Each November, we gather and decorate our trees with pictures and names of our children and loved ones who have gone on without us, and remember how we use to decorate our trees with them. Then on the second Sunday in December, we gather around our trees to spend one evening during the holidays with our children and loved ones. Read more
by Ruth Stoecker
Many families share the pain of Christmas without their child and how the extended family reacts to them at that traditional Christmas get-together. It is so common to ‘just pretend’; just pretend that all is well! They seem to think that maybe if they don’t talk about it, don’t even mention her/his name, the day will be more pleasant, not so awkward… maybe it will be like it really didn’t happen… And there, in the room, is an elephant the size of King Kong and everyone steps around it. Read more
by Tom Wyatt
There are important moments in our grief recovery where we take a stand, so to speak, or make a decision to pursue a new path. These decisions are turning points and even though this new path may lead to a dead-end, it can signal a positive step in a willingness to try something new.
One of my turning points came during the first holiday season without Johnny. It was mid-November and I was already sick of the holidays. I was at a very low point but kept on a happy face at work. One morning in particular was horrible. I had sat in traffic on the way to work just like every other day except this time I was stuck behind a flatbed roll back tow truck. For those that don’t know, that was the kind of truck that hit and killed my son. By the time that I got to work I was a basket case. I decided to hide in my office and possibly have a good cry when one of my “caring” co-workers stuck his head in the door and with a big Hallmark holiday smile on his face said, “how ya doin today, Tom?” ‘How are you?’ tends to be one of those throw away lines that people greet you with but never want the real answer just as sure as this gentleman didn’t want but got. Read more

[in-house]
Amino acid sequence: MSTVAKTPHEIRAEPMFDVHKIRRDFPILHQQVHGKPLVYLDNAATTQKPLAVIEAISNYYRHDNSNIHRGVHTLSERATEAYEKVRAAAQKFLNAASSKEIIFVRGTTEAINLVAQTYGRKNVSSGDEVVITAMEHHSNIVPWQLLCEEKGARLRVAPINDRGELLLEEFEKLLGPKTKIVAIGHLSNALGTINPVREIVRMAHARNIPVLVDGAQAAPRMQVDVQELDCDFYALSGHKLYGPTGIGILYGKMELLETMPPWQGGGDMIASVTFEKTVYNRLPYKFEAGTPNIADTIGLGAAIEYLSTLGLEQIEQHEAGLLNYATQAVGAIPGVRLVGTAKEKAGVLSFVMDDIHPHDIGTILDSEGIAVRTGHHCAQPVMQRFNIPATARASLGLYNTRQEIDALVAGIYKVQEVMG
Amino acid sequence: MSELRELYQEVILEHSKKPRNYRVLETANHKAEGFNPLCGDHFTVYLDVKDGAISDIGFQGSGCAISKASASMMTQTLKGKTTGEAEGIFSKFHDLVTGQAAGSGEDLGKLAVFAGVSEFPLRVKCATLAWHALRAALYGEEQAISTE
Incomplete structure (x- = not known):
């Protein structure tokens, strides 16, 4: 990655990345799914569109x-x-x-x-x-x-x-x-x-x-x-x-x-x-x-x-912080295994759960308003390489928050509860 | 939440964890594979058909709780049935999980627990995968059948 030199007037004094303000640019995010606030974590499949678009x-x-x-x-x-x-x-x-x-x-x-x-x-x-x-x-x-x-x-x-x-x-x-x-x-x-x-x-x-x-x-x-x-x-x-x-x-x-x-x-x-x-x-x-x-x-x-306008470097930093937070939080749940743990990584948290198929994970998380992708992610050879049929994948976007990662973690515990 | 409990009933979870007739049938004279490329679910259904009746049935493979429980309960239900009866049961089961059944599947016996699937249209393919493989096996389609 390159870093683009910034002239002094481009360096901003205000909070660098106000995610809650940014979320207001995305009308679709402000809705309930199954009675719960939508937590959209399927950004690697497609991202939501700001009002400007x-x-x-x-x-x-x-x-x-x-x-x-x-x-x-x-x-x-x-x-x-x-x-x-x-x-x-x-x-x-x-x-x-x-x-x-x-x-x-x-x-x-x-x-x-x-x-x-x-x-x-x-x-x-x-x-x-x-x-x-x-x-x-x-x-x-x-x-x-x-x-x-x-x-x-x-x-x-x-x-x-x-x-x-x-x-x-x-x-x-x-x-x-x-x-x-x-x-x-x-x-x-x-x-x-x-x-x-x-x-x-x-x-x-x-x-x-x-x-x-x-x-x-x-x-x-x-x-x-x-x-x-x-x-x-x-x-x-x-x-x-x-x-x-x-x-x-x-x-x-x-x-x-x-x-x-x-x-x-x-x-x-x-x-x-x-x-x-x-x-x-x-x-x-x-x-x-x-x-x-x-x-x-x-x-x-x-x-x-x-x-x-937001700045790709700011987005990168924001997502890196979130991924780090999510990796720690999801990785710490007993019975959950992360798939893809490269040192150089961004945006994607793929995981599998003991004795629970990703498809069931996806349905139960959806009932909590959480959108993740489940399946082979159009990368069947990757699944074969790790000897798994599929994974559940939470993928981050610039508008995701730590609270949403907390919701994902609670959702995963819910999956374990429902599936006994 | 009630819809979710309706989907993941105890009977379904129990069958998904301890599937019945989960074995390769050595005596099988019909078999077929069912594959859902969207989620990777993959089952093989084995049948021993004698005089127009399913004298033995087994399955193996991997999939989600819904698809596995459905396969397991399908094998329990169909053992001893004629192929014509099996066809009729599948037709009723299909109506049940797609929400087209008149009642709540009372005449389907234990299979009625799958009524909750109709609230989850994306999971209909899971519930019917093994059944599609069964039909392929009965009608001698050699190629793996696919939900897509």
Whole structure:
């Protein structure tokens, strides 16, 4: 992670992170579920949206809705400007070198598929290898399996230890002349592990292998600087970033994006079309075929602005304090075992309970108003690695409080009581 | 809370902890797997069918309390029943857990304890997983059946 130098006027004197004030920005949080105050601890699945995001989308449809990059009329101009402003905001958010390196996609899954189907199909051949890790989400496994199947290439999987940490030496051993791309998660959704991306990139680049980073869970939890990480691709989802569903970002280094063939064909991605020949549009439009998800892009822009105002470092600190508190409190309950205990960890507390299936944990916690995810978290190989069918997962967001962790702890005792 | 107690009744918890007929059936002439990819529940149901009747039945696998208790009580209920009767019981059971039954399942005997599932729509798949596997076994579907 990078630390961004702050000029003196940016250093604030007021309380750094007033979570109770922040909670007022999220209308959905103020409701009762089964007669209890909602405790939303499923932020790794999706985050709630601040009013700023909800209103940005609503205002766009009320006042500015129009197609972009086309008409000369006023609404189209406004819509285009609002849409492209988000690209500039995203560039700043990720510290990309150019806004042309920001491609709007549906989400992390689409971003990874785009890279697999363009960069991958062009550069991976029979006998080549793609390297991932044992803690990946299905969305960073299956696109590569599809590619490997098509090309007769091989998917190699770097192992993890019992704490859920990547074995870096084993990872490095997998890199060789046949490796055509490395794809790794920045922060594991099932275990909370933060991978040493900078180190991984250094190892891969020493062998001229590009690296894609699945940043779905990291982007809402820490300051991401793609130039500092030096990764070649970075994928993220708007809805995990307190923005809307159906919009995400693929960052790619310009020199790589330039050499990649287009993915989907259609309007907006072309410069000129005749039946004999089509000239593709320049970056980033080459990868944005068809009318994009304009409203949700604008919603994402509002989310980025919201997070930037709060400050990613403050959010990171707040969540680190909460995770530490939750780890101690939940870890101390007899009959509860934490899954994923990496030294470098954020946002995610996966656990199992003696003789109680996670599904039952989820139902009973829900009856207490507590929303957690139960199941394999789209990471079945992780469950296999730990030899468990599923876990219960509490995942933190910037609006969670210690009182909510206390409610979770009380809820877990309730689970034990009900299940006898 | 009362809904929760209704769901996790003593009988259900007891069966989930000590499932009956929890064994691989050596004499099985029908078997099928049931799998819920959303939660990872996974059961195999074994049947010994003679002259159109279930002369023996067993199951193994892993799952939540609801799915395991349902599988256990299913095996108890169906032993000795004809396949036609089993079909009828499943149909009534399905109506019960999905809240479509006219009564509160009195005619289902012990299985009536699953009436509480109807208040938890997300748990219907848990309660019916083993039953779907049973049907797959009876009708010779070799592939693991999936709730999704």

by Darcie D. Sims
It has been a loooooong time since our first bereaved holiday season, but one of the very special ways we learned to help ourselves through the sometimes crushing grief, was to make sure that we still include our son in our celebration. We do this by buying a gift to him and then giving it away to a child who would otherwise not have a gift.
Dad buys a gift for the age Big A would be and I always buy a gift for the age he was when he died. We wrap them in beautiful paper and then tag it, “Boy, age”…putting the appropriate age on the tag. Then we either take it down to the local homeless shelter or to the Salvation Army or find a minister who will make it sure it gets to a child in need. The first time I did this, I realized that I was a mother who no longer had a child to give a gift to, but I was giving a gift to a child who did not have a mother to receive one from. In that moment, I realized the circle of love that I thought had forever been broken…was mended. Share the love we received from our loved one with others and it will never be lost. We are a family circle, broken by death, but mended by love. Read more
by Armen Bacon
Surviving the holidays when your heart is in ‘Griefland’ (and you’d rather be home alone in your sweats) can be daunting at best. Saying yes to party invitations, cooking, shopping, managing the multitude of ‘to do’s’ generally associated with this time of year, only add to the nagging hurt we feel with the absence of our loved ones.
As someone who has navigated holiday blues for nine years, let me just say that any way you get through this season is heroic. While there are moments when you might want to be surrounded by friends and festivities, there are other moments of profound sadness, when all you want to do is lock the doors, curl up in a ball, and wake up in January. Give yourself permission to do both. Read more